Additional Clinical Trial Site Opens in UK
MONTREAL, Aug. 25, 2015 /PRNewswire/ -- Clementia Pharmaceuticals, Inc. today announced the initiation of enrollment of children as young as 6 years old in the company's ongoing Phase 2 study of palovarotene for the treatment of fibrodysplasia ossificans progressiva (FOP). The company also announced the addition of a clinical trial site in the United Kingdom that should ease the travel burden for affected individuals living in the European Union. FOP is an extremely rare and severely disabling congenital myopathy characterized by heterotopic ossification (HO), the abnormal growth of bone in muscles, tendons and ligaments, causing significant morbidities and progressive disability. There are currently no approved treatments for FOP.
Clementia expanded enrollment to include children with FOP in the ongoing Phase 2 clinical trial following completion of the appropriate nonclinical studies. In addition to the 24 patients already enrolled in this adaptive-design, dose-ranging study, an additional 16 patients will be enrolled, with at least eight being between the ages of 6 and 14. The company anticipates completion of enrollment by the end of 2015.
"The inclusion of children as young as 6 years old in the ongoing Phase 2 clinical trial will enable a preliminary evaluation of the safety and efficacy of palovarotene in a younger population, a particularly important consideration given the early onset of FOP flare-ups," commented Donna Grogan, M.D., Chief Medical Officer of Clementia. "Once the Phase 2 study is complete, we will analyze the data as quickly as possible to inform the design of our planned Phase 3 study, which we anticipate starting in the second half of 2016."
Clementia also announced the opening of a fourth clinical trial site at Royal National Orthopaedic Hospital in London, United Kingdom for the ongoing Phase 2 clinical trial, with Dr. Richard Keen as the principal investigator.
"We are pleased to participate in this important research to further serve patients living in Europe," noted Dr. Richard Keen, Royal National Orthopaedic Hospital. Chris Bedford-Gay, father of a young child with FOP and founder of FOP Friends® the UK Charity and FOP support group, commented, "We appreciate Clementia's commitment in accelerating the development of a potential treatment for FOP, one that cannot come quickly enough to families like ours."
At this time, individuals with FOP age 15 or older can enroll at the UK site as well as all other sites, which include the University of California San Francisco (UCSF), University of Pennsylvania in Philadelphia, and Hopital Necker-Enfants Malades in Paris, France. UCSF is the first site to open enrollment to children with FOP age 6 and older who meet eligibility criteria. All other sites plan to initiate enrollment of younger children as they receive approvals from their respective institutions.
About Fibrodysplasia Ossificans Progressiva (FOP)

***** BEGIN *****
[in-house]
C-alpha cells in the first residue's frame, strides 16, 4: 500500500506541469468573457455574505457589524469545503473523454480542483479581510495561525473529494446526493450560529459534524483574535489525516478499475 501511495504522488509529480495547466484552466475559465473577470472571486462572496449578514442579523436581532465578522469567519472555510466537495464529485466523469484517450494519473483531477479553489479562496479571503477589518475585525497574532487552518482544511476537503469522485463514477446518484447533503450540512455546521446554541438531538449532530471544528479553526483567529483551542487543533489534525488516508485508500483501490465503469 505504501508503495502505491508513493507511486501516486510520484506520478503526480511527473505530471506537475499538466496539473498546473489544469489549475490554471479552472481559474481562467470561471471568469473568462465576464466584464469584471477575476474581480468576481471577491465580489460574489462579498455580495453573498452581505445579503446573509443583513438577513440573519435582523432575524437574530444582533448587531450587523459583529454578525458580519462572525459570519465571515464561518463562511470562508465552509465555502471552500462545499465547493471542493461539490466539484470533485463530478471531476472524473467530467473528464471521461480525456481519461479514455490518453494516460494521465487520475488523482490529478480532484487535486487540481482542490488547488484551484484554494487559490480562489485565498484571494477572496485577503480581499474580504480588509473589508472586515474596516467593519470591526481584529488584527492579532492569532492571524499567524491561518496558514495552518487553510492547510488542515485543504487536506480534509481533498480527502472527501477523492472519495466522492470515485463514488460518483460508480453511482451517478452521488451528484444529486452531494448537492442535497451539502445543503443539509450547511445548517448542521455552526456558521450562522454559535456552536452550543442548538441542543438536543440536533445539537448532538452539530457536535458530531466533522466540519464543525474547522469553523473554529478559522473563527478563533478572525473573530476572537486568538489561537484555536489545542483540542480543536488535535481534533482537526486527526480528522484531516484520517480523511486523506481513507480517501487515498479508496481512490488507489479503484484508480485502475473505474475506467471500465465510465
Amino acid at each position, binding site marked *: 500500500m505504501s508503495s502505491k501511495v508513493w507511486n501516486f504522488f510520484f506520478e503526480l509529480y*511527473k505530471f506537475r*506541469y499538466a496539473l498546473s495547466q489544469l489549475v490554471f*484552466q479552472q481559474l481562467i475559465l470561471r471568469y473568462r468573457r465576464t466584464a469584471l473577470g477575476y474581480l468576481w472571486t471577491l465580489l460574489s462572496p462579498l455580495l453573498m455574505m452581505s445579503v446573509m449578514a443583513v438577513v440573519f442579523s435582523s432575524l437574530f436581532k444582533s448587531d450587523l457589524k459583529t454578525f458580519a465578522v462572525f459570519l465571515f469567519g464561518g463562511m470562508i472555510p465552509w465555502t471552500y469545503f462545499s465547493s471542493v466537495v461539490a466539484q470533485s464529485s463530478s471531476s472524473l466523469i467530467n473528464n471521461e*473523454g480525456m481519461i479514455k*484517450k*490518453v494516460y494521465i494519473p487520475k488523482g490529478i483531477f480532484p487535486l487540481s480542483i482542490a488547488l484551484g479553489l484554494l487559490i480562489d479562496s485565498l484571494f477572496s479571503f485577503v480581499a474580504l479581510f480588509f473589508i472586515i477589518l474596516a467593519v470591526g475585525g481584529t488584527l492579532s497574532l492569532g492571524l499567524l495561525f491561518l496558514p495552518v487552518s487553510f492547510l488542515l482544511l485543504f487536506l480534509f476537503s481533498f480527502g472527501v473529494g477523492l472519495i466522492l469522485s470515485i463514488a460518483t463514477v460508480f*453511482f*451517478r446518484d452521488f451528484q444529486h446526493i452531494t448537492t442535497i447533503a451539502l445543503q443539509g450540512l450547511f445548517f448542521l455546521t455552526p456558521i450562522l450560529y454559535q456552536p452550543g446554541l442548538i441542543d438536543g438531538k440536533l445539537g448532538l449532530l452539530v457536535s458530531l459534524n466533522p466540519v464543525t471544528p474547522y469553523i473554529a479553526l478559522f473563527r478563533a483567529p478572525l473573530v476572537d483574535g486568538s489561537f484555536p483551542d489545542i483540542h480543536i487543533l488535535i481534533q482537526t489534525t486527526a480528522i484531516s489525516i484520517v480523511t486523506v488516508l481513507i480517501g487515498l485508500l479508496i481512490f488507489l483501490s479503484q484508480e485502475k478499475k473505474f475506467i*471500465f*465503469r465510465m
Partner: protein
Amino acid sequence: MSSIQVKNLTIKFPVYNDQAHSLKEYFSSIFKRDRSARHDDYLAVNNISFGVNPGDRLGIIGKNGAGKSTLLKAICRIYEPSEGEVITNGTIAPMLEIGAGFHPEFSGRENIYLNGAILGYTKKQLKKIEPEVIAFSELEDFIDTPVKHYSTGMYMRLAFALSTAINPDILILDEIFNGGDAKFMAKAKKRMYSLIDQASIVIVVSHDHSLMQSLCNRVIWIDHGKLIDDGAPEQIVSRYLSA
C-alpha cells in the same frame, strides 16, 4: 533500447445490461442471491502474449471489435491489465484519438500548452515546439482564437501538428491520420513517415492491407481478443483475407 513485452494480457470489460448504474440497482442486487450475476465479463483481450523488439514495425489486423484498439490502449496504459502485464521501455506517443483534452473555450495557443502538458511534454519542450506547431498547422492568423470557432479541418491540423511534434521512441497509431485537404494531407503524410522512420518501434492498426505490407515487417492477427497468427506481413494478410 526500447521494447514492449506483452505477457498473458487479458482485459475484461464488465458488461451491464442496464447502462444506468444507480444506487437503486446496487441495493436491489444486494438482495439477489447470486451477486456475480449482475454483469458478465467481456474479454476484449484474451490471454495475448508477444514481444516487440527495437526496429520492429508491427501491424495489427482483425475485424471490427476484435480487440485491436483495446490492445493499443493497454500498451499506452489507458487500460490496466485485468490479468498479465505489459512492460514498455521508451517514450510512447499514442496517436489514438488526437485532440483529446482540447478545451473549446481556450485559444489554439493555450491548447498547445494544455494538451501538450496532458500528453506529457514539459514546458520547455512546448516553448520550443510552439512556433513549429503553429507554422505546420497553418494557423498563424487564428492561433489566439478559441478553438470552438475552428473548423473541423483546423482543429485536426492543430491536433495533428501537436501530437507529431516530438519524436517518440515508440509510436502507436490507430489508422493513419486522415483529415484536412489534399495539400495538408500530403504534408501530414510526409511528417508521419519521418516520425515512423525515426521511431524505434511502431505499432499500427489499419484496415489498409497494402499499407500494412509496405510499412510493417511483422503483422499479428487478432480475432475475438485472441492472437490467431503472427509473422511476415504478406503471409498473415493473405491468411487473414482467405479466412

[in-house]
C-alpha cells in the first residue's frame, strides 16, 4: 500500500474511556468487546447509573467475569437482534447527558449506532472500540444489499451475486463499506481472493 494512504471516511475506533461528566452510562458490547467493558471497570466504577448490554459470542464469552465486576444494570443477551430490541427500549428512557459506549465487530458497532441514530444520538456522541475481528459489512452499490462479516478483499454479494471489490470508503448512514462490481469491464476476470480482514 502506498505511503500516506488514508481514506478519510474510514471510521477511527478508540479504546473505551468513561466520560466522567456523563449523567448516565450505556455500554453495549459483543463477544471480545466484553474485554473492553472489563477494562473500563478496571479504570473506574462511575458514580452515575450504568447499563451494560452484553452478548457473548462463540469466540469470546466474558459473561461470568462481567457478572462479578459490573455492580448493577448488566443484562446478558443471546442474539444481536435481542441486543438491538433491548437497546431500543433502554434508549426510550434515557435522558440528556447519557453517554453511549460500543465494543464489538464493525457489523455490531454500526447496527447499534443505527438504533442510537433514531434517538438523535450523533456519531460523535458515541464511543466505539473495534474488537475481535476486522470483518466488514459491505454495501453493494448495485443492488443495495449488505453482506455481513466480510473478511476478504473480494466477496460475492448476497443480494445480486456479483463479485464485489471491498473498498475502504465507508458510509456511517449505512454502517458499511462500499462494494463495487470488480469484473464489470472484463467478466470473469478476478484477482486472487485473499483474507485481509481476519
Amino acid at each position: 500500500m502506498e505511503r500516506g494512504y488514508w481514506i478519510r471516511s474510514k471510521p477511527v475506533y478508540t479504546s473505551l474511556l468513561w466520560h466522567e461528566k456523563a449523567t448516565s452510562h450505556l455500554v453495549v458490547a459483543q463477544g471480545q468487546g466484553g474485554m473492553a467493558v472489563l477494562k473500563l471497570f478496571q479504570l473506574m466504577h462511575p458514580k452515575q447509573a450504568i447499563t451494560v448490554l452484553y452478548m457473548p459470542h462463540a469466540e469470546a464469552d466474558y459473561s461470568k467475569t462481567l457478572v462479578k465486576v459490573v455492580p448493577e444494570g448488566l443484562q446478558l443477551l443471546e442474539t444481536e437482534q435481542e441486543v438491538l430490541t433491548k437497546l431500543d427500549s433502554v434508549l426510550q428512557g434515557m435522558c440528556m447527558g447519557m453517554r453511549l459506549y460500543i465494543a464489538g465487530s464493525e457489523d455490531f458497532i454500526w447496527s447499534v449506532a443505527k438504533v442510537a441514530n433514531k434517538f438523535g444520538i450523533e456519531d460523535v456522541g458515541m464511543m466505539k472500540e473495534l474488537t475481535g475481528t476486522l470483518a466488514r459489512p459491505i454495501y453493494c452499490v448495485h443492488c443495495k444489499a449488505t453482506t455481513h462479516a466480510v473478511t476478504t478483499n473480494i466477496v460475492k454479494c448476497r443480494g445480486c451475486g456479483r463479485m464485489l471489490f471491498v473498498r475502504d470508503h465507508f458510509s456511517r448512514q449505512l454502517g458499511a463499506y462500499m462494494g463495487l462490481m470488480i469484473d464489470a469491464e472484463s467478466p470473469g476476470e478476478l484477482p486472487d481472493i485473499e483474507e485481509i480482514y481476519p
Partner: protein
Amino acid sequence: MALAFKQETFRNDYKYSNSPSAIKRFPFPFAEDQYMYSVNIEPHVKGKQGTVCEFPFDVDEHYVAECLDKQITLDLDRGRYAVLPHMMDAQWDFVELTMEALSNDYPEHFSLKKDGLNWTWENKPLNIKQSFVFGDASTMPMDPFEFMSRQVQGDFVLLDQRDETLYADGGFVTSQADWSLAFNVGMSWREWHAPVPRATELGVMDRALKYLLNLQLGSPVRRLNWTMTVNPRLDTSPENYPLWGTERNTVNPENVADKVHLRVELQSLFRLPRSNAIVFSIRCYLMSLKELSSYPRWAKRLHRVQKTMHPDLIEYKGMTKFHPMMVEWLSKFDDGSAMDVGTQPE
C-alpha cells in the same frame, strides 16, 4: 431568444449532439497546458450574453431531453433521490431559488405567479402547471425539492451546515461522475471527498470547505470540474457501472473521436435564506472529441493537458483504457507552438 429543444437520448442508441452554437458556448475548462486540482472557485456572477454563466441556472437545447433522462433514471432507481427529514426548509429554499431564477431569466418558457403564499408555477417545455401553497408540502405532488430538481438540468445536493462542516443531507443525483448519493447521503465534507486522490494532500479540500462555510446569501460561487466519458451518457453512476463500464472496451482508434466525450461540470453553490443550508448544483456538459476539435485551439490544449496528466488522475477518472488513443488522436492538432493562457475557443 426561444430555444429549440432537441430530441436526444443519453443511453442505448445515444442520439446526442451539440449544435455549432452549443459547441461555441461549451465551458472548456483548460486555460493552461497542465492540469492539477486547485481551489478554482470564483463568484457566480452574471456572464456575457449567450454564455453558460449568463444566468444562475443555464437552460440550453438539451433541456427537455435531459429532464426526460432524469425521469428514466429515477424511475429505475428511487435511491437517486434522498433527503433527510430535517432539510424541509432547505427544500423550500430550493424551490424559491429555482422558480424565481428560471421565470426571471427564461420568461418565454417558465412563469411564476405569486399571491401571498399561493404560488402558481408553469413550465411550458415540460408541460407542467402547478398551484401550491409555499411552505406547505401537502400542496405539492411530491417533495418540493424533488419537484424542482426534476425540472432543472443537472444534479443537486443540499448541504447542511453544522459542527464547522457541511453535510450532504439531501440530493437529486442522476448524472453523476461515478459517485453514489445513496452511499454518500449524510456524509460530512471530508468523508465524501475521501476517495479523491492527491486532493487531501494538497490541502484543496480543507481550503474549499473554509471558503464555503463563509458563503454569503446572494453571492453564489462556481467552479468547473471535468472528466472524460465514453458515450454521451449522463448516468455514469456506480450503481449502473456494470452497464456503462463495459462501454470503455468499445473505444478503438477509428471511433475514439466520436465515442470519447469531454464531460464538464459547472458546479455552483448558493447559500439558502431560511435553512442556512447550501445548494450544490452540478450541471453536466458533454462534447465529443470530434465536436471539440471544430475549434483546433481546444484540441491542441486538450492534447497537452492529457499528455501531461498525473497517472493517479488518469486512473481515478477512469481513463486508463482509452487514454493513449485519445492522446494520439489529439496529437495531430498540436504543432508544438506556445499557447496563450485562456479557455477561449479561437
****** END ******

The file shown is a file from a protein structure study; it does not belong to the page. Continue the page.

FOP is a rare, severely disabling congenital myopathy characterized by heterotopic ossification (HO) of muscles, tendons, and ligaments. Soft tissue swellings called flare-ups often precede heterotopic bone formation. Flare-ups typically begin early in life and may occur spontaneously or after soft tissue trauma, muscular stretching, over exertion or fatigue, intramuscular vaccinations, mandibular blocks (nerve block injection) for dental work, or flu-like infections. Episodes of heterotopic bone formation progressively restrict movement by locking joints, leading to cumulative loss of function, disability, and death. Nearly 100 percent of newborns with FOP have a hallmark toe malformation in which the big toes are shortened and bent inwards. FOP is caused by a mutation in the ACVR1 gene resulting in increased activity of the activin receptor type I (ACVR1/ALK2) involved in the bone morphogenic protein (BMP) pathway, a key pathway controlling bone growth and development. There are currently no approved treatments for FOP.
Palovarotene is a retinoic acid receptor gamma agonist being investigated as a treatment for FOP. Preclinical studies demonstrated that palovarotene blocked abnormal bone formation in animal models. Clementia inlicensed palovarotene from Roche Pharmaceuticals, which previously evaluated the compound in more than 800 individuals including healthy volunteers and patients with chronic obstructive pulmonary disease. Palovarotene received Fast Track designation from the U.S. Food and Drug Administration (FDA) and orphan designations for the treatment of FOP from both the FDA and the European Medicines Agency (EMA).
About the Clinical Trial
The double-blind, placebo-controlled Phase 2 clinical trial is evaluating the effect of different doses of palovarotene on new bone formation during and after a flare-up in 40 patients with FOP who are 6 years of age or older. In the trial, treatment is initiated within seven (7) days from flare-up onset and continued for six (6) weeks with an additional six (6) weeks of follow-up. Efficacy and safety endpoints include imaging endpoints for new bone formation, clinical assessments of physical function and patient-reported outcomes. In preclinical studies, palovarotene prevented heterotopic bone formation in mouse models of FOP. The ongoing Phase 2 clinical trial was designed to determine whether these effects can be replicated in patients with FOP.
About Clementia Pharmaceuticals Inc.
Clementia is a clinical-stage biopharmaceutical company committed to delivering treatments to those who have none. The company is developing its lead candidate palovarotene, a novel retinoic acid receptor gamma agonist, to treat fibrodysplasia ossificans progressiva (FOP) and other diseases. For more information, please visit www.clementiapharma.com.
SOURCE Clementia Pharmaceuticals, Inc.